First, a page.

Apologies for my sloppiness on illegality vs. tort (tort being “something you can be sued for”). Please substitute accordingly.
This is not about the DOJ protecting the power or unaccountability of President, or endorsing his behavior. This is like a public defender assigned to defend a clearly guilty defendant. Her job is to make the best possible case for her client. She is not endorsing or excusing anything.
Having the DOJ defend a President does not mean he will not be punished as severely as anyone else. If he is judged on the merits and found to be liable (highly likely with or without DOJ help) future presidents will be deterred. Speaking as President is no shield to the accusation of defamation. It just means his employer provides the lawyers.
Not exactly. Acting in the course of his office can be illegal or tortious (I learned a new word today!) Talking to reporters is part of his duties (the “what”). If he defames someone in the process (the “how”), it is still part of his duties.
Here’s an excerpt from the DOJ brief, emphasis mine, cites removed:
The second question presented is whether a high-ranking elected official
subject to close public scrutiny acts within the scope of employment when making
public statements denying and responding to serious accusations. The FTCA and
Westfall Act, and the common law tort principles that they incorporate, recognize that
in some instances employees will commit torts—including intentional torts—for which the employer bears responsibility, even when the employer disapproves of or expressly forbids the tortious conduct. Conduct that falls within the scope of
employment for purposes of the Westfall Act thus need not be authorized or
acceptable. Indeed, the premise of a scope-of-employment analysis is that a tort may
have been committed. Under the Westfall Act, even conduct involving “serious criminality” or which runs “contrary to the national security of the United States”may fall within the scope of employment.
In making and defending a Westfall Act certification, therefore, the Department of Justice is not
endorsing the allegedly tortious conduct or representing that it actually furthered the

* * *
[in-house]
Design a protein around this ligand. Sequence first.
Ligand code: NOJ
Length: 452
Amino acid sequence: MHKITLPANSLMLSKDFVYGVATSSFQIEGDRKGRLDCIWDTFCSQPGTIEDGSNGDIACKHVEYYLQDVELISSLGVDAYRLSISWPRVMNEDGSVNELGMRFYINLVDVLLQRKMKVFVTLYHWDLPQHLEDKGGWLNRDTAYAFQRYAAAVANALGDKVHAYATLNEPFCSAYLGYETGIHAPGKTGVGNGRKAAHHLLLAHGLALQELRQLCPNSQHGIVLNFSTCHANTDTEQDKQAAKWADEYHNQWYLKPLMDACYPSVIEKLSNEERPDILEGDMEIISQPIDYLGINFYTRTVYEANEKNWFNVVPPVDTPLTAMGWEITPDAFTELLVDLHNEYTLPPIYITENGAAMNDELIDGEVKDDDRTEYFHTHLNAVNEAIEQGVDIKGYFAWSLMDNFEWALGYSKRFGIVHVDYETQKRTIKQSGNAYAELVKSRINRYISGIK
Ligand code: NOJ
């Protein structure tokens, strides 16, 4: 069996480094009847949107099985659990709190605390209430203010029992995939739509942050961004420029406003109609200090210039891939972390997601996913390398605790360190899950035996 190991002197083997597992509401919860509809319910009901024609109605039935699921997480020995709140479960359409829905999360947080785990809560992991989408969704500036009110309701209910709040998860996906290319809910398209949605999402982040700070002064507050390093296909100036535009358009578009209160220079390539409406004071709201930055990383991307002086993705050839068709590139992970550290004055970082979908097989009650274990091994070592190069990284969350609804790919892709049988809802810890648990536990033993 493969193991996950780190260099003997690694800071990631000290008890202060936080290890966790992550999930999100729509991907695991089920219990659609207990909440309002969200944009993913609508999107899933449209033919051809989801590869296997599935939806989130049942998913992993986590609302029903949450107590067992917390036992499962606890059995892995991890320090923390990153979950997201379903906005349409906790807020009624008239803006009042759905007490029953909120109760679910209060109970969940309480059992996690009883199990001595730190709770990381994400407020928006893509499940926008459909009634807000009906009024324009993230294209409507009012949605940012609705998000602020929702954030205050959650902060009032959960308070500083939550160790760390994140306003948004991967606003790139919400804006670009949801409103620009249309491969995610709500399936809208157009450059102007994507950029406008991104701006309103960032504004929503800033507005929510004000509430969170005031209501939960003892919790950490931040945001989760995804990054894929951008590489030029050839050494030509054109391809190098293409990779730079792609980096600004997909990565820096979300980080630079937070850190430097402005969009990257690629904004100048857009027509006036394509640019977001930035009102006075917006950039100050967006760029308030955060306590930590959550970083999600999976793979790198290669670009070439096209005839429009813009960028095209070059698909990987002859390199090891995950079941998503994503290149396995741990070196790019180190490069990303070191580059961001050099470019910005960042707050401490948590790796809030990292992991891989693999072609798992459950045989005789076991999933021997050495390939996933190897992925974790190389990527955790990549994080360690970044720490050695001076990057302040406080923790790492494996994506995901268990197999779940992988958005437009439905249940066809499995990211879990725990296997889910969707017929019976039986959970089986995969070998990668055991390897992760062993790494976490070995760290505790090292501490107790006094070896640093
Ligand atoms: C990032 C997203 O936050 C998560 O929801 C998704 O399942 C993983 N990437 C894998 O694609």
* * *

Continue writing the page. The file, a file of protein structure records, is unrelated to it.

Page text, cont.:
interests of the United States. Nor is a reviewing court making any such
determinations in upholding the Department’s certification.
Instead, the question in a Westfall Act case is whether the general type of
conduct at issue comes within the scope of employment. Speaking to the public and the press on matters of public concern is undoubtedly part of an elected official’s job. Courts have thus consistently and repeatedly held that allegedly defamatory statements made in that context are within the scope of elected officials’ employment—including when the statements were prompted by press inquiries about the official’s private life.
So back to the original question - should we change the law so the DOJ gets to decide not to defend a federal employee if they think their specific behavior involves “serious criminality” or runs “contrary to the national security of the United States”?
That would mean the DOJ decides all these issues, not the judicial system. (At least in regards to whether the DOJ defends them)
I find that to be a problem. It’s like the courts can decide not to provide a public defender if they think the person is guilty before the trial starts.
If a future President were put in the same situation, would you be OK making him or her pay for their own lawyers based on the DOJ opinion of their liability? Even if the DOJ reimburses them for their legal costs, maybe they could only afford a crappy lawyer, so they lose.
It’s just not as clear-cut as I originally thought.